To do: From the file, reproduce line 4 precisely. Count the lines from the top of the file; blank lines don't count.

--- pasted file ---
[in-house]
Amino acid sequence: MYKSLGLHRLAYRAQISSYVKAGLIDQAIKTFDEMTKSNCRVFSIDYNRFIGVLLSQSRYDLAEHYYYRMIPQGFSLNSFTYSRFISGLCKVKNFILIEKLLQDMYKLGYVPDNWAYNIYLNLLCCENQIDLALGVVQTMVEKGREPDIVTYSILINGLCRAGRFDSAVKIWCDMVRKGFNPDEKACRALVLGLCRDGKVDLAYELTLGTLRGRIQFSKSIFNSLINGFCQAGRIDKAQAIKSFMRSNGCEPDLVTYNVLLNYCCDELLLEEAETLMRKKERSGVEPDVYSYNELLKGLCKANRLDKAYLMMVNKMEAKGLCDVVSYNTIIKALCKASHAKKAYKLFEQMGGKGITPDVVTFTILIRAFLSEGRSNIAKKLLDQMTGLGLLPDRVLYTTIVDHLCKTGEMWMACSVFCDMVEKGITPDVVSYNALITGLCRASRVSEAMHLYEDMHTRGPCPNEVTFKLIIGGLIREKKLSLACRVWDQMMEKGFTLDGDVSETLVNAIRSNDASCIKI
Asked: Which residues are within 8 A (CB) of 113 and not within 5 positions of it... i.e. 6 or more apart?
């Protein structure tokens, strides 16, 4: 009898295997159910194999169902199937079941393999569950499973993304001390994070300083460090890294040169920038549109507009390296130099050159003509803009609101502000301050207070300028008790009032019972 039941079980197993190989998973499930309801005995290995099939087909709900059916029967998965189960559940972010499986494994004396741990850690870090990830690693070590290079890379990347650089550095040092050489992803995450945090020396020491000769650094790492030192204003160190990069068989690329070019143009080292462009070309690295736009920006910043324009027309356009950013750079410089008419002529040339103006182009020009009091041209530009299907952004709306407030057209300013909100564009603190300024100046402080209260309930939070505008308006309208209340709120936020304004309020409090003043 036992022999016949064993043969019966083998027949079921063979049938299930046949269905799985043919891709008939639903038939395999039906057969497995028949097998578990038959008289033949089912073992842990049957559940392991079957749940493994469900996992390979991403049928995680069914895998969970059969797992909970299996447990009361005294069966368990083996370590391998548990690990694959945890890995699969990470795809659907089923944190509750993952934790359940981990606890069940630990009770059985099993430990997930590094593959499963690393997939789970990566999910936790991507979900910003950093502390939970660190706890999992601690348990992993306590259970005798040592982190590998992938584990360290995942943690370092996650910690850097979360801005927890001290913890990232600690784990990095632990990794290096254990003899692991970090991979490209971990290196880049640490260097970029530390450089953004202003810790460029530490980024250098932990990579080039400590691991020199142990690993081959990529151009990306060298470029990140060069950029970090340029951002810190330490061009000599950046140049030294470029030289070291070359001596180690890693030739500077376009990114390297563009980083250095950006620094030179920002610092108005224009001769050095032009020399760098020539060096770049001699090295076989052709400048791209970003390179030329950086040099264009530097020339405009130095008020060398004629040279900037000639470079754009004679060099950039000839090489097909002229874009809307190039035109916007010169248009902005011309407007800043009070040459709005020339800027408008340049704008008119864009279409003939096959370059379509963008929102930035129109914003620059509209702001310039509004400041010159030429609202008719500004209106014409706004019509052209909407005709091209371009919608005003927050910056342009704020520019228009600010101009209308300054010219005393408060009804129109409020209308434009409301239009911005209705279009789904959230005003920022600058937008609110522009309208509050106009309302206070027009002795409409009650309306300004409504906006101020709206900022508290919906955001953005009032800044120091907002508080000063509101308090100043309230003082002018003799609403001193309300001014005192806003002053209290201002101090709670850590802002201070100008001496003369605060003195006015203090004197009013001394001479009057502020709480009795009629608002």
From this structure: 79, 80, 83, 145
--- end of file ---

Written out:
């Protein structure tokens, strides 16, 4: 009898295997159910194999169902199937079941393999569950499973993304001390994070300083460090890294040169920038549109507009390296130099050159003509803009609101502000301050207070300028008790009032019972 039941079980197993190989998973499930309801005995290995099939087909709900059916029967998965189960559940972010499986494994004396741990850690870090990830690693070590290079890379990347650089550095040092050489992803995450945090020396020491000769650094790492030192204003160190990069068989690329070019143009080292462009070309690295736009920006910043324009027309356009950013750079410089008419002529040339103006182009020009009091041209530009299907952004709306407030057209300013909100564009603190300024100046402080209260309930939070505008308006309208209340709120936020304004309020409090003043 036992022999016949064993043969019966083998027949079921063979049938299930046949269905799985043919891709008939639903038939395999039906057969497995028949097998578990038959008289033949089912073992842990049957559940392991079957749940493994469900996992390979991403049928995680069914895998969970059969797992909970299996447990009361005294069966368990083996370590391998548990690990694959945890890995699969990470795809659907089923944190509750993952934790359940981990606890069940630990009770059985099993430990997930590094593959499963690393997939789970990566999910936790991507979900910003950093502390939970660190706890999992601690348990992993306590259970005798040592982190590998992938584990360290995942943690370092996650910690850097979360801005927890001290913890990232600690784990990095632990990794290096254990003899692991970090991979490209971990290196880049640490260097970029530390450089953004202003810790460029530490980024250098932990990579080039400590691991020199142990690993081959990529151009990306060298470029990140060069950029970090340029951002810190330490061009000599950046140049030294470029030289070291070359001596180690890693030739500077376009990114390297563009980083250095950006620094030179920002610092108005224009001769050095032009020399760098020539060096770049001699090295076989052709400048791209970003390179030329950086040099264009530097020339405009130095008020060398004629040279900037000639470079754009004679060099950039000839090489097909002229874009809307190039035109916007010169248009902005011309407007800043009070040459709005020339800027408008340049704008008119864009279409003939096959370059379509963008929102930035129109914003620059509209702001310039509004400041010159030429609202008719500004209106014409706004019509052209909407005709091209371009919608005003927050910056342009704020520019228009600010101009209308300054010219005393408060009804129109409020209308434009409301239009911005209705279009789904959230005003920022600058937008609110522009309208509050106009309302206070027009002795409409009650309306300004409504906006101020709206900022508290919906955001953005009032800044120091907002508080000063509101308090100043309230003082002018003799609403001193309300001014005192806003002053209290201002101090709670850590802002201070100008001496003369605060003195006015203090004197009013001394001479009057502020709480009795009629608002």